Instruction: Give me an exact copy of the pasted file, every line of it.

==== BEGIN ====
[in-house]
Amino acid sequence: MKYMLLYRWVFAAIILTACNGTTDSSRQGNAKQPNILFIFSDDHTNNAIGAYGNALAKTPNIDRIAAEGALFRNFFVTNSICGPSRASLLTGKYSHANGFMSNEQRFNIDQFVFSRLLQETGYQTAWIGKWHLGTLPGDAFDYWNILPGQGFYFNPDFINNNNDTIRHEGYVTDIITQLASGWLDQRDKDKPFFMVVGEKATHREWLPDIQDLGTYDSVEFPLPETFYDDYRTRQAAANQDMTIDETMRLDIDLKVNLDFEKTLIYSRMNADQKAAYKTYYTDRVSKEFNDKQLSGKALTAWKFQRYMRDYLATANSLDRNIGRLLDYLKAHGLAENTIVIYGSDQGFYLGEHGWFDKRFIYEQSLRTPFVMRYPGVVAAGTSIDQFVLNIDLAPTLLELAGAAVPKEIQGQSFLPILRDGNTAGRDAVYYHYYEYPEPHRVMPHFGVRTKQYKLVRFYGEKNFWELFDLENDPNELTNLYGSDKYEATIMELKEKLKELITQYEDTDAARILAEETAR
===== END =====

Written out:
[in-house]
Amino acid sequence: MKYMLLYRWVFAAIILTACNGTTDSSRQGNAKQPNILFIFSDDHTNNAIGAYGNALAKTPNIDRIAAEGALFRNFFVTNSICGPSRASLLTGKYSHANGFMSNEQRFNIDQFVFSRLLQETGYQTAWIGKWHLGTLPGDAFDYWNILPGQGFYFNPDFINNNNDTIRHEGYVTDIITQLASGWLDQRDKDKPFFMVVGEKATHREWLPDIQDLGTYDSVEFPLPETFYDDYRTRQAAANQDMTIDETMRLDIDLKVNLDFEKTLIYSRMNADQKAAYKTYYTDRVSKEFNDKQLSGKALTAWKFQRYMRDYLATANSLDRNIGRLLDYLKAHGLAENTIVIYGSDQGFYLGEHGWFDKRFIYEQSLRTPFVMRYPGVVAAGTSIDQFVLNIDLAPTLLELAGAAVPKEIQGQSFLPILRDGNTAGRDAVYYHYYEYPEPHRVMPHFGVRTKQYKLVRFYGEKNFWELFDLENDPNELTNLYGSDKYEATIMELKEKLKELITQYEDTDAARILAEETAR